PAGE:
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How Do Insurance Companies Define Sports Cars?

    2 minute read

    Let’s face it; driving in a performance model car is just more fun and exciting than schlepping to work in your average four-door sedan.  In most cases sports cars are more expensive than average vehicles because they have higher performance engines and features that cost more to integrate into the vehicle when compared to an “average” car.  Not only will a sports car be more expensive off the lot, but it will also cost more when you are buying car insurance. 

    Each insurance carrier will define a sports car a little bit differently, so it is important to check first.  Here are some common factors that many insurance companies will use to determine if your car is a sports car or not.

    Two doors – For most people, this doesn’t seem to be a defining factor of a sports car, but for some insurance companies it is.  Two door cars are generally smaller than a four door, and because of this, they can be determined to be less safe.  Two door cars are frequently driven by younger drivers without families.  This rule is interesting because it can “hurt” those who don’t really have a two door sports car, but help those that have a four door performance model.

    Engine Size – More often if the car has a large engine (V-8 or bigger) it will be considered a sports car. These cars put out more power and are much faster.  In some cases smaller engines with modifications such as turbo chargers and super chargers can be considered sports cars as well.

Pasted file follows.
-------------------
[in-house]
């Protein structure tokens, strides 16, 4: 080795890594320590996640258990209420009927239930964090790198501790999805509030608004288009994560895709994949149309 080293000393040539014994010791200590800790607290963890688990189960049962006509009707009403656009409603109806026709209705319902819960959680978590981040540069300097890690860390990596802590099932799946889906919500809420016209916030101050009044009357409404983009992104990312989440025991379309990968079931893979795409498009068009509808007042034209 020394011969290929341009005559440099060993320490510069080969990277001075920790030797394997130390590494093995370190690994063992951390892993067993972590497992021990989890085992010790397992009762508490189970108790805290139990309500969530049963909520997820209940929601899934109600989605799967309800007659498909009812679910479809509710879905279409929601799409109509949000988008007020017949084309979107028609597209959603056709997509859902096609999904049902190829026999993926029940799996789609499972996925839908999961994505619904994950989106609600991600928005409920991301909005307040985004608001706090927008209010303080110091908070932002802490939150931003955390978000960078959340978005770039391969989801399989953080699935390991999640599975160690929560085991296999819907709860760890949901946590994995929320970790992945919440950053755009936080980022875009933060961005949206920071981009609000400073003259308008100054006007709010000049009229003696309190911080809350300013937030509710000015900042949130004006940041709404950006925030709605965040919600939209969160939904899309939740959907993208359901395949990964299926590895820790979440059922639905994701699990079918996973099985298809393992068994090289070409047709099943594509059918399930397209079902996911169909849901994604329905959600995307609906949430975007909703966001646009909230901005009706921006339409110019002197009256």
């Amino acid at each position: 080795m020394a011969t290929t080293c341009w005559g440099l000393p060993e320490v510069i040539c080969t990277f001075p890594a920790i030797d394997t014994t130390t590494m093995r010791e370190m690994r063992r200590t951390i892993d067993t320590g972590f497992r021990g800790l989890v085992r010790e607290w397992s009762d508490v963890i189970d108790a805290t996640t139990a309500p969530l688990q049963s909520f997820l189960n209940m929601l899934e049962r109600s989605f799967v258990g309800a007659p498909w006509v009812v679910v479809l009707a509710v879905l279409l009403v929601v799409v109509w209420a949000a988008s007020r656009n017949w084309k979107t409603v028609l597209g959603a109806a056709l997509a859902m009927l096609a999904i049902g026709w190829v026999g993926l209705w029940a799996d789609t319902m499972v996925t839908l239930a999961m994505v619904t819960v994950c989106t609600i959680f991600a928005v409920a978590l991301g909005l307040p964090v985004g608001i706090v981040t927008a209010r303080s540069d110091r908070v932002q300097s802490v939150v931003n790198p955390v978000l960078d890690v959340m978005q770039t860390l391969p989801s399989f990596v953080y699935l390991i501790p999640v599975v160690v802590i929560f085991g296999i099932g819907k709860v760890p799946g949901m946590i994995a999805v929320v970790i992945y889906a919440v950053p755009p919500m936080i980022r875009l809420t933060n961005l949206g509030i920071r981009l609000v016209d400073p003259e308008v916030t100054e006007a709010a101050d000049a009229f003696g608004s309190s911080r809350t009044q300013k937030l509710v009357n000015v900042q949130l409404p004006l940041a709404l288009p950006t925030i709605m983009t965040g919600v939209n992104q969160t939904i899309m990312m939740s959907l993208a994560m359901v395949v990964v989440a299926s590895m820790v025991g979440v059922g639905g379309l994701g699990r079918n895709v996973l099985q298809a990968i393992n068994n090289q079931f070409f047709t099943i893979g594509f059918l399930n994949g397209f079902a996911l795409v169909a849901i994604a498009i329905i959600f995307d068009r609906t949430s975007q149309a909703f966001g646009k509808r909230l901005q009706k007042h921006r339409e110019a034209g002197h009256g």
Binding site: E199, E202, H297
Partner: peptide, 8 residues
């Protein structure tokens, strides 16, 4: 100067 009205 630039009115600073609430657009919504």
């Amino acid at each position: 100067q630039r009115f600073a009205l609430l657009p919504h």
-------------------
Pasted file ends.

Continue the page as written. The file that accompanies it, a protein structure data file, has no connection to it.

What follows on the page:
Height & Weight – Sports cars are generally lower to the ground and weigh less than their non-sporty counterparts.

    Other Factors that drive the insurance premium up on a sports car can be that they are often more targeted by thieves and sometimes the drivers will be more reckless when driving them.  Vehicles made of non-standard materials like fiberglass are more easily damaged and also more costly to repair.

    For more information about Sports Car Insurance, please contact a qualified representative at

    This content is offered for educational purposes only and does not represent contractual agreements. The definitions, terms and coverages in a given policy may be different than those suggested here and such policy will be governed by the language contained therein. No warranty or appropriateness for a specific purpose is expressed or implied.